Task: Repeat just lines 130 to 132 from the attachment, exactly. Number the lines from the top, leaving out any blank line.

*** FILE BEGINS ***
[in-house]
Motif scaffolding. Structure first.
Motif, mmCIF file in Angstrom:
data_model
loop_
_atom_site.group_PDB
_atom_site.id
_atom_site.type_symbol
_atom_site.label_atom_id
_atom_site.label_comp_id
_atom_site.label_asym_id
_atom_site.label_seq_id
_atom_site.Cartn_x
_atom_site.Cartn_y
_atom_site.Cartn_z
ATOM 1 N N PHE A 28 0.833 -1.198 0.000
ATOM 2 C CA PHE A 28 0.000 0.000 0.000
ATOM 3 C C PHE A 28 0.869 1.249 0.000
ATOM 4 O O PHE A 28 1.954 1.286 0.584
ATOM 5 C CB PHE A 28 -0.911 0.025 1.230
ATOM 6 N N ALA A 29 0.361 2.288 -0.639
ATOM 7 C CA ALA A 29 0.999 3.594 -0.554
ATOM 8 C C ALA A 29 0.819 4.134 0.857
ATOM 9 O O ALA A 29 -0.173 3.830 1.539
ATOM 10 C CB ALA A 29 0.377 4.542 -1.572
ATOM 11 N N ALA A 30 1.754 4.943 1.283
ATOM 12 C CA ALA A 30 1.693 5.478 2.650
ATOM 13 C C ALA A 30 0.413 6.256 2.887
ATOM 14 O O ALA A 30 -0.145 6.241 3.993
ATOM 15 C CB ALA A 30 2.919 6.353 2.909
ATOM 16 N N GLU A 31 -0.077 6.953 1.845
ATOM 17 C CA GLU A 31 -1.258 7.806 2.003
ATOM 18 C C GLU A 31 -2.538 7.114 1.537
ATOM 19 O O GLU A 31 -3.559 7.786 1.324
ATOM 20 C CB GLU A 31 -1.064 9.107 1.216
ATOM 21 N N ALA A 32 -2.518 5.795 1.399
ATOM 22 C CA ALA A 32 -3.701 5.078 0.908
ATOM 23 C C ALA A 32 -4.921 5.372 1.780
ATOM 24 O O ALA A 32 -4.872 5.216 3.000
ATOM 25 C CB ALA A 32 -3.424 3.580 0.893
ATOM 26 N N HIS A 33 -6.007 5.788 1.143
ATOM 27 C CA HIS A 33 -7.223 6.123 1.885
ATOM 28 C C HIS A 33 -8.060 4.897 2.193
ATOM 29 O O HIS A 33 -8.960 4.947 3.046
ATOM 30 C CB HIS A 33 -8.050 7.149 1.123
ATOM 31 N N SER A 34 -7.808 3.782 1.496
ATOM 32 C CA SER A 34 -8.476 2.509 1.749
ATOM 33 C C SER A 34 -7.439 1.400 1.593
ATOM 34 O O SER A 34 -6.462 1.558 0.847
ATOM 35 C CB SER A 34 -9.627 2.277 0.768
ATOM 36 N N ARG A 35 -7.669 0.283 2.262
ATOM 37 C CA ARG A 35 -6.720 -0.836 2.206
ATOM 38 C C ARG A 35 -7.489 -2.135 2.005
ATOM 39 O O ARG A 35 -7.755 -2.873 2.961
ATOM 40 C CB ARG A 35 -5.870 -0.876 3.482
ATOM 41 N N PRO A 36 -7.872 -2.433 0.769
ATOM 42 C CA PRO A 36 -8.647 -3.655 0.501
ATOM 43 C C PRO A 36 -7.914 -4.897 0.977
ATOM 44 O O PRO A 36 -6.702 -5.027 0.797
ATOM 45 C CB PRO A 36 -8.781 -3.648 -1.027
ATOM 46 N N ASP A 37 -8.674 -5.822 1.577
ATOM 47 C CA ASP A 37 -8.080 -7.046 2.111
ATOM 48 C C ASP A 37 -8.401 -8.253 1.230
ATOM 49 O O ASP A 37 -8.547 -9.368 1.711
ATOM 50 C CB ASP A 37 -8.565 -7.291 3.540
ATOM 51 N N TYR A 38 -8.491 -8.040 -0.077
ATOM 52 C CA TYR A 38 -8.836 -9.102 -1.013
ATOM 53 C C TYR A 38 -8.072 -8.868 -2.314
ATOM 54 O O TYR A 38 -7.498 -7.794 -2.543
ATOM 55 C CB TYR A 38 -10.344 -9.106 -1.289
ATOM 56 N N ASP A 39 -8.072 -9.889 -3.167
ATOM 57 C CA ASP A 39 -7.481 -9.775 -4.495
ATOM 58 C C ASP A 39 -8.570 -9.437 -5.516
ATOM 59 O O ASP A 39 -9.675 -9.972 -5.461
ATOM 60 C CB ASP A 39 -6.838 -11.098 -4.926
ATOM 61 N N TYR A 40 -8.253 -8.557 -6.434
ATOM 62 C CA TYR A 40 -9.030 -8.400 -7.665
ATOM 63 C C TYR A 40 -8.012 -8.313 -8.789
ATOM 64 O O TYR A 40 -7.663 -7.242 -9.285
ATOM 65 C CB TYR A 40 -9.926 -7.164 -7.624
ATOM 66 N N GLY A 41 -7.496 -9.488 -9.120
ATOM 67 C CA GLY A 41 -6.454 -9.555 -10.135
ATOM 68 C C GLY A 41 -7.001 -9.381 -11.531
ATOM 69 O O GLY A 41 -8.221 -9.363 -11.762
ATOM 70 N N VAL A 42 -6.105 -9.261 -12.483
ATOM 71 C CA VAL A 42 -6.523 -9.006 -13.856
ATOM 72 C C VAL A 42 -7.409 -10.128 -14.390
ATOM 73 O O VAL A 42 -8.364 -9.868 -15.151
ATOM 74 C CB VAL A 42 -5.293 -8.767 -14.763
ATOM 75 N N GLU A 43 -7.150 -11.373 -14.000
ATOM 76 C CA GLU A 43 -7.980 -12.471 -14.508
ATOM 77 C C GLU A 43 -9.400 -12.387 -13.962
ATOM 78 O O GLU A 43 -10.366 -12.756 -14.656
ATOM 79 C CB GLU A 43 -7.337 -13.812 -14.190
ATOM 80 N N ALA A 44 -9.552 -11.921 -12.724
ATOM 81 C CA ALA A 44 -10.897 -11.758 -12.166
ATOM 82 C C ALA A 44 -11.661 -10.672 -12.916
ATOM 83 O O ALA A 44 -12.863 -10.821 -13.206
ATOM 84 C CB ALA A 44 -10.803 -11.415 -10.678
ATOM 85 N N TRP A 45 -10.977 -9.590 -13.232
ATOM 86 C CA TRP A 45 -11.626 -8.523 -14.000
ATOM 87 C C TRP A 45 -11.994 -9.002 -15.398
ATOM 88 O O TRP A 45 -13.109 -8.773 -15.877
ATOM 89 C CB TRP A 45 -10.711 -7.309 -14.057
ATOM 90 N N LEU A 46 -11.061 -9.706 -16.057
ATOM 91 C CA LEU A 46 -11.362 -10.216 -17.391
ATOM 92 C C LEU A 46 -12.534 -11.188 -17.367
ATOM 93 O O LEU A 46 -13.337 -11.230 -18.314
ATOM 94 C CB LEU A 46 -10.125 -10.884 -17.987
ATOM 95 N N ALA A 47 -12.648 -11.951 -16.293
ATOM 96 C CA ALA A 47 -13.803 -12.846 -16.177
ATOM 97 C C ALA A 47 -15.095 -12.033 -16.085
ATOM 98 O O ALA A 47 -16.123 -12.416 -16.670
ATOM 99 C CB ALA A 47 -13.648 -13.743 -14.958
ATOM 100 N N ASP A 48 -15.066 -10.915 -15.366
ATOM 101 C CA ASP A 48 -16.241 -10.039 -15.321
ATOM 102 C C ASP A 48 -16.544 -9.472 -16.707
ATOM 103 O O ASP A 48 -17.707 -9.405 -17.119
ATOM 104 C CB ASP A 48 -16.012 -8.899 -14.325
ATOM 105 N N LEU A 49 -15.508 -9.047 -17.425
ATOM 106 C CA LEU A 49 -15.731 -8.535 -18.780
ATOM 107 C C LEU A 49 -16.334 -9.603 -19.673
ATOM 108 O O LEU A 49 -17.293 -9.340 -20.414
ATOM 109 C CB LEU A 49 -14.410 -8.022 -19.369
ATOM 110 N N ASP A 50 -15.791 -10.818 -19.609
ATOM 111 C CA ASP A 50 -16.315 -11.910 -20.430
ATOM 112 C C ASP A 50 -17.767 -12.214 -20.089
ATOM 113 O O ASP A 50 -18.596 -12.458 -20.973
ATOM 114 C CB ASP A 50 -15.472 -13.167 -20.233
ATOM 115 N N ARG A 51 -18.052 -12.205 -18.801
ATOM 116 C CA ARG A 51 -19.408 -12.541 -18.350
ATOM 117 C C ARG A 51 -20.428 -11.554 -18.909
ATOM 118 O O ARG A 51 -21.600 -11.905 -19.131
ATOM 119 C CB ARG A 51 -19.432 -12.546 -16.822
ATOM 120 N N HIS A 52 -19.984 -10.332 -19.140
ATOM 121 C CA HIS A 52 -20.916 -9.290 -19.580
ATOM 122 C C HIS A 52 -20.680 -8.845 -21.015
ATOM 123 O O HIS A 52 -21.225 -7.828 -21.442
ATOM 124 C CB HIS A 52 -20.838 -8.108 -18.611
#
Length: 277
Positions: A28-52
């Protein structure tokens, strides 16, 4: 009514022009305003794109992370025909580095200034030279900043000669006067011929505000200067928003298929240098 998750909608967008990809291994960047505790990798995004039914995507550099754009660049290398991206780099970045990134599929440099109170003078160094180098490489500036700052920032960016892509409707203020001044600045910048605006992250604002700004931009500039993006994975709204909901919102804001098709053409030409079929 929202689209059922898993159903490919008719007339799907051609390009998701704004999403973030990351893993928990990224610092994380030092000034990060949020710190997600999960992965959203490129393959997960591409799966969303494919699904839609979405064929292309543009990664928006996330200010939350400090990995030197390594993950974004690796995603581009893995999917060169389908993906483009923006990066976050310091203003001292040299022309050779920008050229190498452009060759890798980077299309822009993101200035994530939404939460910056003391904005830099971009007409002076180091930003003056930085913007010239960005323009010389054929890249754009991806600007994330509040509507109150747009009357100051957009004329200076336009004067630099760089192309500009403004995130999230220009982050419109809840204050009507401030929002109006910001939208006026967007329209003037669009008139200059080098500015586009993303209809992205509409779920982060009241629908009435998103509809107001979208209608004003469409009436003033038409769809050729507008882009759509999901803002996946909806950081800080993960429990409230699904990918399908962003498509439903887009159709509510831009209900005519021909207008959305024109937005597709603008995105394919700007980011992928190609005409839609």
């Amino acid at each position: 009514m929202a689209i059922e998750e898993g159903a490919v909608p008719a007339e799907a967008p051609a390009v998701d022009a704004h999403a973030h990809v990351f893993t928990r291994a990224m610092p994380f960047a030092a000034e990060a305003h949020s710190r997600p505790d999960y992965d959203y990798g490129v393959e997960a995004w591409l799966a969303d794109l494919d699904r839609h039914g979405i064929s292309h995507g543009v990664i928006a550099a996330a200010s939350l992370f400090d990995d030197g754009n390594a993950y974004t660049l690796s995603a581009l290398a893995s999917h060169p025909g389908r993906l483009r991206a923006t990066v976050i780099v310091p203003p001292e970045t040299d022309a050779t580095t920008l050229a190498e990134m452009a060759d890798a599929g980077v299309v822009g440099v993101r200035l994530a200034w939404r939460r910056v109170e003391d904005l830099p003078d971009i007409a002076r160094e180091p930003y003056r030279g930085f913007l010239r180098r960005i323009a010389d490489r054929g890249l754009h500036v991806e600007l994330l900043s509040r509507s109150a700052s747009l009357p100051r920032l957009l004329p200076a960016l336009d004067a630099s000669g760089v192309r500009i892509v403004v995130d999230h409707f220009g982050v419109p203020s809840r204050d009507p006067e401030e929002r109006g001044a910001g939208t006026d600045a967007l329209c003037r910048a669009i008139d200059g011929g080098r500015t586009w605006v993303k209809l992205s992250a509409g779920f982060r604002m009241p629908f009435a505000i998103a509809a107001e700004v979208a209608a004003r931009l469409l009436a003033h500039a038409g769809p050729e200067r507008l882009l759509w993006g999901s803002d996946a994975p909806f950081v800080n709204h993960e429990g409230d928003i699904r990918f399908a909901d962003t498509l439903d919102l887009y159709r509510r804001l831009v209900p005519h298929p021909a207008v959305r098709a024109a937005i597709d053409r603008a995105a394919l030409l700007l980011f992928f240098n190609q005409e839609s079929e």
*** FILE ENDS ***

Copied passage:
ATOM 115 N N ARG A 51 -18.052 -12.205 -18.801
ATOM 116 C CA ARG A 51 -19.408 -12.541 -18.350
ATOM 117 C C ARG A 51 -20.428 -11.554 -18.909